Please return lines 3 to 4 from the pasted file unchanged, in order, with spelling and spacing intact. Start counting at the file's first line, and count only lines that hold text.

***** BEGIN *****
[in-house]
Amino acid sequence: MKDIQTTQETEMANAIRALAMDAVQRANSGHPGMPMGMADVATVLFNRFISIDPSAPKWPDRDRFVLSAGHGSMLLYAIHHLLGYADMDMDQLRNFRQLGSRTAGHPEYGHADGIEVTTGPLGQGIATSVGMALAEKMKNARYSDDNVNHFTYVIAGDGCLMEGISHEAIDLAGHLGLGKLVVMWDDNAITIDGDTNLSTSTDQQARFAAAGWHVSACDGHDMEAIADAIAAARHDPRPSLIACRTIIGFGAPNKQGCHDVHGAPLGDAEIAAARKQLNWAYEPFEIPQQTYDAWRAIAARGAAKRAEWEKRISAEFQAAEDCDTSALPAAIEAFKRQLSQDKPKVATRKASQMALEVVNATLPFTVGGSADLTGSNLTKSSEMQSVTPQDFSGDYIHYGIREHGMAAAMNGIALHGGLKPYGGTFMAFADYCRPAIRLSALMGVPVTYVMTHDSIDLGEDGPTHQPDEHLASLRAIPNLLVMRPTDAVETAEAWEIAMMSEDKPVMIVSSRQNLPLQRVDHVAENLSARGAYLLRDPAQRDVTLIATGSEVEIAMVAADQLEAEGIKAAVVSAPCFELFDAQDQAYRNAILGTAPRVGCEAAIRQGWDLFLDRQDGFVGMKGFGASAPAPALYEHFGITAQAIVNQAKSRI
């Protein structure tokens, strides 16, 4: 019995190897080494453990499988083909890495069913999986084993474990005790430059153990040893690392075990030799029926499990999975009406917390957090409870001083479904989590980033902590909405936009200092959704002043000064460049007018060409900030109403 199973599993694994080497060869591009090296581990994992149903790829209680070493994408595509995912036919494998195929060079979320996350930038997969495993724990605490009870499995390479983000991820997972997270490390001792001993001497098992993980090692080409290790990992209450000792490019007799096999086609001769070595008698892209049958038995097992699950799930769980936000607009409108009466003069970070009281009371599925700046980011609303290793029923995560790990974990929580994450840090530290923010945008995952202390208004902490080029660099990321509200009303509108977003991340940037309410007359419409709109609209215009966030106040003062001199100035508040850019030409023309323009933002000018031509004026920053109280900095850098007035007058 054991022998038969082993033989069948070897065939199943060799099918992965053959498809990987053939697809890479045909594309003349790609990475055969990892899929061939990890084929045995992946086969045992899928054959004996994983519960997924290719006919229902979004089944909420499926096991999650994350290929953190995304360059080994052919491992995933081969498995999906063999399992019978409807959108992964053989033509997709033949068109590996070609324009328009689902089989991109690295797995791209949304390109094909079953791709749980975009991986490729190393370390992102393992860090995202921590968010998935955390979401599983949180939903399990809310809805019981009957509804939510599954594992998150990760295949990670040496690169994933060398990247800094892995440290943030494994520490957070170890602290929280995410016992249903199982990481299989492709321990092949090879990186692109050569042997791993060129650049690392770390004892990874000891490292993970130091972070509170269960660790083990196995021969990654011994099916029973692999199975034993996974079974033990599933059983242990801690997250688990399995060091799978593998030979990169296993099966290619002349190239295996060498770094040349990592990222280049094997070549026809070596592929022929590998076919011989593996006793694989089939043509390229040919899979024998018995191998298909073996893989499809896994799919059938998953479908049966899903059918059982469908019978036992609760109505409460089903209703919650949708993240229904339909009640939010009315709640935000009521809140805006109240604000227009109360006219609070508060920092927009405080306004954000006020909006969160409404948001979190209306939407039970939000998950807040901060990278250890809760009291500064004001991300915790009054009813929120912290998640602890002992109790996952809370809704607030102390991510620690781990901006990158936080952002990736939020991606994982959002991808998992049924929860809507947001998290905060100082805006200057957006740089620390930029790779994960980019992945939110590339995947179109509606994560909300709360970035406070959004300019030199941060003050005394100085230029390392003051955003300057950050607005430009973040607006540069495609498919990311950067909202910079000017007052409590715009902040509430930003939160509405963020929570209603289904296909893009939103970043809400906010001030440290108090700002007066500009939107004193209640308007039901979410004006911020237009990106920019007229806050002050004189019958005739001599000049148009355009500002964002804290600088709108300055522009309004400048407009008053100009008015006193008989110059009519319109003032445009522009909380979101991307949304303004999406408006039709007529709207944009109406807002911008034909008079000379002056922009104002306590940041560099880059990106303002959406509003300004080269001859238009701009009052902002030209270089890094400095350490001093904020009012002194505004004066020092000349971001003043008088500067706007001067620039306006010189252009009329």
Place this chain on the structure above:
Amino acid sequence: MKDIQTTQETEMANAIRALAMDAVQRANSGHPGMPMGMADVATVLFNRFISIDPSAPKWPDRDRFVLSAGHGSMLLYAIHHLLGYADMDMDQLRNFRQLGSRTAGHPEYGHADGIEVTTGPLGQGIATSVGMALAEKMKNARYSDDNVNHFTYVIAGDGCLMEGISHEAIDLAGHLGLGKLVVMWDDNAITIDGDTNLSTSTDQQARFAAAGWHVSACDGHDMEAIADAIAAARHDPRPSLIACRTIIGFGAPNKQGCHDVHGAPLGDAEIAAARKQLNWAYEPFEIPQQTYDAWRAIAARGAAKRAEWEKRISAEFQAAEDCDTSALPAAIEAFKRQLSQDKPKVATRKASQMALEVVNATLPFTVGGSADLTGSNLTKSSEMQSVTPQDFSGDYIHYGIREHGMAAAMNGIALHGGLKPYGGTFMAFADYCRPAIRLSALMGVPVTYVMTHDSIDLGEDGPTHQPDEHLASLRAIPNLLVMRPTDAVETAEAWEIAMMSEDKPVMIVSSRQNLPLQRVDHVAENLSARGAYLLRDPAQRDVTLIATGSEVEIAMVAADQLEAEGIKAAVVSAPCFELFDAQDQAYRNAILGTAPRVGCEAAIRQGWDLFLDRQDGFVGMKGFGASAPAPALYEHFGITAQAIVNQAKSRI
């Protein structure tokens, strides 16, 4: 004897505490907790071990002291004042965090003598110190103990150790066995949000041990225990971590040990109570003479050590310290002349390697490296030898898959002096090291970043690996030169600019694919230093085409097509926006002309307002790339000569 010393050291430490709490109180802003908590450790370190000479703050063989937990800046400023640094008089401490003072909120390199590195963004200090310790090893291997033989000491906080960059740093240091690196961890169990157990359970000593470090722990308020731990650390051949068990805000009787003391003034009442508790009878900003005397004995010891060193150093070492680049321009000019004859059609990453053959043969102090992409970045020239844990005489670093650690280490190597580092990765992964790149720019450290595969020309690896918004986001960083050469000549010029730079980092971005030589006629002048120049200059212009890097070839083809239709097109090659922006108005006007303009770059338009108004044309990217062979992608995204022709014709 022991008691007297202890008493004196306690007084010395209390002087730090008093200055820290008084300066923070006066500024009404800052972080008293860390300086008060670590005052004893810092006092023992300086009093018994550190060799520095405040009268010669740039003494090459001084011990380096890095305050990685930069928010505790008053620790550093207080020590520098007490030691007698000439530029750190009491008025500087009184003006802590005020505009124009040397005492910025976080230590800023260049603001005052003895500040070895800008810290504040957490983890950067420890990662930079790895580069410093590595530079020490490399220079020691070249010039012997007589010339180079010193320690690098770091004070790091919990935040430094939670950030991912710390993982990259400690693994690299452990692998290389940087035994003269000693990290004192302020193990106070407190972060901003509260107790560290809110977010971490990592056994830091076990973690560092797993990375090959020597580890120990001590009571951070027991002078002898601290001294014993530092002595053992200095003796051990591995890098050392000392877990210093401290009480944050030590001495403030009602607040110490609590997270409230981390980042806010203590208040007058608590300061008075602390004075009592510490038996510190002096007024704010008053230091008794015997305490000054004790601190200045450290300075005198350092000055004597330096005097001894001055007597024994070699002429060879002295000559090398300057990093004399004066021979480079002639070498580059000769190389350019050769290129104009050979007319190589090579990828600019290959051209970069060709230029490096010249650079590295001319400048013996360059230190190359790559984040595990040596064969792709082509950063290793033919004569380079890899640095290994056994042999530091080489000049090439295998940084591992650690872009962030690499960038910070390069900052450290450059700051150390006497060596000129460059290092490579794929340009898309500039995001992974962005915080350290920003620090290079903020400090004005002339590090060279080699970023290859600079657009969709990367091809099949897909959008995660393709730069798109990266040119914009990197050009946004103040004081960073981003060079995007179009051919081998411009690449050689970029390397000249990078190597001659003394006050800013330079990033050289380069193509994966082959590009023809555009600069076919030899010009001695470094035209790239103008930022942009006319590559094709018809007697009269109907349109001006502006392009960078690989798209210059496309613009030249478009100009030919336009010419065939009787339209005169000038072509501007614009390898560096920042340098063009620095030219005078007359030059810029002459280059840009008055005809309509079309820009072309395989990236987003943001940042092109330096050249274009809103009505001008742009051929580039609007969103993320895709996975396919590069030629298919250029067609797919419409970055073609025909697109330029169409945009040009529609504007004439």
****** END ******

């Protein structure tokens, strides 16, 4: 019995190897080494453990499988083909890495069913999986084993474990005790430059153990040893690392075990030799029926499990999975009406917390957090409870001083479904989590980033902590909405936009200092959704002043000064460049007018060409900030109403 199973599993694994080497060869591009090296581990994992149903790829209680070493994408595509995912036919494998195929060079979320996350930038997969495993724990605490009870499995390479983000991820997972997270490390001792001993001497098992993980090692080409290790990992209450000792490019007799096999086609001769070595008698892209049958038995097992699950799930769980936000607009409108009466003069970070009281009371599925700046980011609303290793029923995560790990974990929580994450840090530290923010945008995952202390208004902490080029660099990321509200009303509108977003991340940037309410007359419409709109609209215009966030106040003062001199100035508040850019030409023309323009933002000018031509004026920053109280900095850098007035007058 054991022998038969082993033989069948070897065939199943060799099918992965053959498809990987053939697809890479045909594309003349790609990475055969990892899929061939990890084929045995992946086969045992899928054959004996994983519960997924290719006919229902979004089944909420499926096991999650994350290929953190995304360059080994052919491992995933081969498995999906063999399992019978409807959108992964053989033509997709033949068109590996070609324009328009689902089989991109690295797995791209949304390109094909079953791709749980975009991986490729190393370390992102393992860090995202921590968010998935955390979401599983949180939903399990809310809805019981009957509804939510599954594992998150990760295949990670040496690169994933060398990247800094892995440290943030494994520490957070170890602290929280995410016992249903199982990481299989492709321990092949090879990186692109050569042997791993060129650049690392770390004892990874000891490292993970130091972070509170269960660790083990196995021969990654011994099916029973692999199975034993996974079974033990599933059983242990801690997250688990399995060091799978593998030979990169296993099966290619002349190239295996060498770094040349990592990222280049094997070549026809070596592929022929590998076919011989593996006793694989089939043509390229040919899979024998018995191998298909073996893989499809896994799919059938998953479908049966899903059918059982469908019978036992609760109505409460089903209703919650949708993240229904339909009640939010009315709640935000009521809140805006109240604000227009109360006219609070508060920092927009405080306004954000006020909006969160409404948001979190209306939407039970939000998950807040901060990278250890809760009291500064004001991300915790009054009813929120912290998640602890002992109790996952809370809704607030102390991510620690781990901006990158936080952002990736939020991606994982959002991808998992049924929860809507947001998290905060100082805006200057957006740089620390930029790779994960980019992945939110590339995947179109509606994560909300709360970035406070959004300019030199941060003050005394100085230029390392003051955003300057950050607005430009973040607006540069495609498919990311950067909202910079000017007052409590715009902040509430930003939160509405963020929570209603289904296909893009939103970043809400906010001030440290108090700002007066500009939107004193209640308007039901979410004006911020237009990106920019007229806050002050004189019958005739001599000049148009355009500002964002804290600088709108300055522009309004400048407009008053100009008015006193008989110059009519319109003032445009522009909380979101991307949304303004999406408006039709007529709207944009109406807002911008034909008079000379002056922009104002306590940041560099880059990106303002959406509003300004080269001859238009701009009052902002030209270089890094400095350490001093904020009012002194505004004066020092000349971001003043008088500067706007001067620039306006010189252009009329």
Place this chain on the structure above: